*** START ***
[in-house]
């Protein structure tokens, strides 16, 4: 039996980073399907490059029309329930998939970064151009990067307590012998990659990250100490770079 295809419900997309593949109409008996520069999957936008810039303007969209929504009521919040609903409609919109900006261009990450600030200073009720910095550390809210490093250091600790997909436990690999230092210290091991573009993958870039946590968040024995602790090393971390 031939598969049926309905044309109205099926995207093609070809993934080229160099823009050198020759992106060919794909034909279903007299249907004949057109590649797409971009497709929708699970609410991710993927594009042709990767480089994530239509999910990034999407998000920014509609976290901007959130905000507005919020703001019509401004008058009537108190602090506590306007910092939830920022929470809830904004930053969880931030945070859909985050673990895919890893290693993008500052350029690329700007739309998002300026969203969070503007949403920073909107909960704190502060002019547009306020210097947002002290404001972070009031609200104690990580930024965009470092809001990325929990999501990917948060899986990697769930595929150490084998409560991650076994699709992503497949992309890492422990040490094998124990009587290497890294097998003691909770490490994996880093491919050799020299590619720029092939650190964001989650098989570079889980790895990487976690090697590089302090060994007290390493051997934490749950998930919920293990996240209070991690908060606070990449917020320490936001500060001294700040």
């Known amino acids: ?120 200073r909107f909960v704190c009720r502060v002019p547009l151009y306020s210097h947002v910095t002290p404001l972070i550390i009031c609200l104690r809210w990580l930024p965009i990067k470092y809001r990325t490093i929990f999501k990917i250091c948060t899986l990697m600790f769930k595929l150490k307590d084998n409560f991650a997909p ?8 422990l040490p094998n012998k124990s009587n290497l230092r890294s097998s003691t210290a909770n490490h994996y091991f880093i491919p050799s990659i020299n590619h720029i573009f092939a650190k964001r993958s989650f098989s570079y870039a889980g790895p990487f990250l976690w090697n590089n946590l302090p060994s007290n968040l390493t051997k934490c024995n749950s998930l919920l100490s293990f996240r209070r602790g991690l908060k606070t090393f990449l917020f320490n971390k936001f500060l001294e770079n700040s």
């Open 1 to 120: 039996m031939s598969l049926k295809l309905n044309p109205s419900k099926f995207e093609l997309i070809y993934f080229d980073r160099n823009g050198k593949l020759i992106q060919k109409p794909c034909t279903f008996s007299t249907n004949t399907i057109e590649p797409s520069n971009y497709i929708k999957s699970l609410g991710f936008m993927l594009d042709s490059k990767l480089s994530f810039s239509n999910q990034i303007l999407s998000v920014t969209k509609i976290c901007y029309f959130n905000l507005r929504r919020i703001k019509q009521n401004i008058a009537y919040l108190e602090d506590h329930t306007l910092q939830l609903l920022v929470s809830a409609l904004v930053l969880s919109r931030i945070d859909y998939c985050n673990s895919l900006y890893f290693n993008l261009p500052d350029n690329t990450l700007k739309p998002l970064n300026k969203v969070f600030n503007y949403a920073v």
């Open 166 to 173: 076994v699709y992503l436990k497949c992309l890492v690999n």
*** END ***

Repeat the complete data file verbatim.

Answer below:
[in-house]
């Protein structure tokens, strides 16, 4: 039996980073399907490059029309329930998939970064151009990067307590012998990659990250100490770079 295809419900997309593949109409008996520069999957936008810039303007969209929504009521919040609903409609919109900006261009990450600030200073009720910095550390809210490093250091600790997909436990690999230092210290091991573009993958870039946590968040024995602790090393971390 031939598969049926309905044309109205099926995207093609070809993934080229160099823009050198020759992106060919794909034909279903007299249907004949057109590649797409971009497709929708699970609410991710993927594009042709990767480089994530239509999910990034999407998000920014509609976290901007959130905000507005919020703001019509401004008058009537108190602090506590306007910092939830920022929470809830904004930053969880931030945070859909985050673990895919890893290693993008500052350029690329700007739309998002300026969203969070503007949403920073909107909960704190502060002019547009306020210097947002002290404001972070009031609200104690990580930024965009470092809001990325929990999501990917948060899986990697769930595929150490084998409560991650076994699709992503497949992309890492422990040490094998124990009587290497890294097998003691909770490490994996880093491919050799020299590619720029092939650190964001989650098989570079889980790895990487976690090697590089302090060994007290390493051997934490749950998930919920293990996240209070991690908060606070990449917020320490936001500060001294700040």
């Known amino acids: ?120 200073r909107f909960v704190c009720r502060v002019p547009l151009y306020s210097h947002v910095t002290p404001l972070i550390i009031c609200l104690r809210w990580l930024p965009i990067k470092y809001r990325t490093i929990f999501k990917i250091c948060t899986l990697m600790f769930k595929l150490k307590d084998n409560f991650a997909p ?8 422990l040490p094998n012998k124990s009587n290497l230092r890294s097998s003691t210290a909770n490490h994996y091991f880093i491919p050799s990659i020299n590619h720029i573009f092939a650190k964001r993958s989650f098989s570079y870039a889980g790895p990487f990250l976690w090697n590089n946590l302090p060994s007290n968040l390493t051997k934490c024995n749950s998930l919920l100490s293990f996240r209070r602790g991690l908060k606070t090393f990449l917020f320490n971390k936001f500060l001294e770079n700040s």
């Open 1 to 120: 039996m031939s598969l049926k295809l309905n044309p109205s419900k099926f995207e093609l997309i070809y993934f080229d980073r160099n823009g050198k593949l020759i992106q060919k109409p794909c034909t279903f008996s007299t249907n004949t399907i057109e590649p797409s520069n971009y497709i929708k999957s699970l609410g991710f936008m993927l594009d042709s490059k990767l480089s994530f810039s239509n999910q990034i303007l999407s998000v920014t969209k509609i976290c901007y029309f959130n905000l507005r929504r919020i703001k019509q009521n401004i008058a009537y919040l108190e602090d506590h329930t306007l910092q939830l609903l920022v929470s809830a409609l904004v930053l969880s919109r931030i945070d859909y998939c985050n673990s895919l900006y890893f290693n993008l261009p500052d350029n690329t990450l700007k739309p998002l970064n300026k969203v969070f600030n503007y949403a920073v």
């Open 166 to 173: 076994v699709y992503l436990k497949c992309l890492v690999n």